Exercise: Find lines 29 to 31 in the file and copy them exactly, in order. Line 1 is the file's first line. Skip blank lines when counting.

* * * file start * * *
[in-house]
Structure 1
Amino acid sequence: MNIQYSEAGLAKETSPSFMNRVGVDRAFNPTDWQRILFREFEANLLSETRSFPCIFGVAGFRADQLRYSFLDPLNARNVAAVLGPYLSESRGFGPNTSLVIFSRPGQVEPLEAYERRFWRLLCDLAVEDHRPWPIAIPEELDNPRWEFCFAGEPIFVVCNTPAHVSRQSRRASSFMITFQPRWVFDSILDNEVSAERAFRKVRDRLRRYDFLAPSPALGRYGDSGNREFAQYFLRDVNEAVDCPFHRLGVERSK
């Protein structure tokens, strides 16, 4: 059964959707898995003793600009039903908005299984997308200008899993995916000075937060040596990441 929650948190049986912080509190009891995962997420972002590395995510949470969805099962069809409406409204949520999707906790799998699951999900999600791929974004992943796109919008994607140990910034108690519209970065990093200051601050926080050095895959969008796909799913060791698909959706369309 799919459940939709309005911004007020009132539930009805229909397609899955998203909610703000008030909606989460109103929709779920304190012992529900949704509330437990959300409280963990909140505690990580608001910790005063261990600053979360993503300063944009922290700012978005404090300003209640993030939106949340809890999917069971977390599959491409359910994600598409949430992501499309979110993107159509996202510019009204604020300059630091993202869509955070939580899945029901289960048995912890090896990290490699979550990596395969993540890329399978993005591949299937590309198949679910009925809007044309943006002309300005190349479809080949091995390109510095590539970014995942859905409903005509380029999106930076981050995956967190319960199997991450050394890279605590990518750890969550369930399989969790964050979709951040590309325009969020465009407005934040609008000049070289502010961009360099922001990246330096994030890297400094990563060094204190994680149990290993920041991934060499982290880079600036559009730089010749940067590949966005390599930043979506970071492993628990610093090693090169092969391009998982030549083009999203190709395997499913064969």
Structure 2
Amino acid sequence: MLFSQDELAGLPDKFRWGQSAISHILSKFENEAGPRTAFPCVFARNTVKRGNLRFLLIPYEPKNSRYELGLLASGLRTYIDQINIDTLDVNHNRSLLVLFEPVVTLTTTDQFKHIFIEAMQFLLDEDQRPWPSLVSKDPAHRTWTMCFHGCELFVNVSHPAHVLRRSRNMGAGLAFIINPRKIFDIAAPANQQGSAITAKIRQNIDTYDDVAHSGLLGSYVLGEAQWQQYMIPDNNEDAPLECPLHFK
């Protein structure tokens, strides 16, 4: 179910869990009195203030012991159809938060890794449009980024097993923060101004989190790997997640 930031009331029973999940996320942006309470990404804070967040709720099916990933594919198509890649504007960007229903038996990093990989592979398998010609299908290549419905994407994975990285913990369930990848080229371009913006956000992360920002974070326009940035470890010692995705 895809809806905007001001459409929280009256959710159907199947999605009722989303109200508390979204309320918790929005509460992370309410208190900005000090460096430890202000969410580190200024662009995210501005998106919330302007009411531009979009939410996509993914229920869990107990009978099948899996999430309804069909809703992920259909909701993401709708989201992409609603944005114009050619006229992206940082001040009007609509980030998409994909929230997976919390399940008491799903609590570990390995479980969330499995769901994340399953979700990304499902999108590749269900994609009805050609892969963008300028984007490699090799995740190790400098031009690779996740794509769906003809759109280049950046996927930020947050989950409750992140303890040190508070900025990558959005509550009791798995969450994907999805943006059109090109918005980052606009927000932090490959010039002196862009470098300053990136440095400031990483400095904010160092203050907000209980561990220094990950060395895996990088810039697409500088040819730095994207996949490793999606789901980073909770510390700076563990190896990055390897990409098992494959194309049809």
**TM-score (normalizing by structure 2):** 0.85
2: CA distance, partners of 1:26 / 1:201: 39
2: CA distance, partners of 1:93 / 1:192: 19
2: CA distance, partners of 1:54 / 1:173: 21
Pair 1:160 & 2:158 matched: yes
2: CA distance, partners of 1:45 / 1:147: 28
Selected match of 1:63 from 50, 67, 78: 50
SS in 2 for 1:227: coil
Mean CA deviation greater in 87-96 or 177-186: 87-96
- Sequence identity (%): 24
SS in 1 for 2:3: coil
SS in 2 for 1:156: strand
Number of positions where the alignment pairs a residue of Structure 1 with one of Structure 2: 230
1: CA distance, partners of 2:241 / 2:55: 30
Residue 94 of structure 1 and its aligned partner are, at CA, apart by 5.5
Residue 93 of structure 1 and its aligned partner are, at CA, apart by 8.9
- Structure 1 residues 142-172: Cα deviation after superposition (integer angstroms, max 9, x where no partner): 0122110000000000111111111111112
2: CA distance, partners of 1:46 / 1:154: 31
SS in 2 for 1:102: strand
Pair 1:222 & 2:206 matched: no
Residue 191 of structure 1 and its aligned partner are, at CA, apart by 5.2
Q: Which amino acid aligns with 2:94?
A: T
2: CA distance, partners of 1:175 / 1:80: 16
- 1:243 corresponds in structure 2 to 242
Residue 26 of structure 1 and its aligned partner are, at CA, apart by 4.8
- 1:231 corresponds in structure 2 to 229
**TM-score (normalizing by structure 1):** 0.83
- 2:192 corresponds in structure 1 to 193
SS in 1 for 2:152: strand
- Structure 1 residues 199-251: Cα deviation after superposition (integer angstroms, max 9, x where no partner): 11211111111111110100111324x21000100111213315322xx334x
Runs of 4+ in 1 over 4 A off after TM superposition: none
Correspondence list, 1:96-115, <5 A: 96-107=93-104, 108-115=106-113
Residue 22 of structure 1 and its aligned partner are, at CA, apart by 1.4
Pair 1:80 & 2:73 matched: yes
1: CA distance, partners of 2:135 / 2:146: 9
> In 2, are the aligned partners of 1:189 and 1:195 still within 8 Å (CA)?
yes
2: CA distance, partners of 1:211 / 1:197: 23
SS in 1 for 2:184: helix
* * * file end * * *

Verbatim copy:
Q: Which amino acid aligns with 2:94?
A: T
2: CA distance, partners of 1:175 / 1:80: 16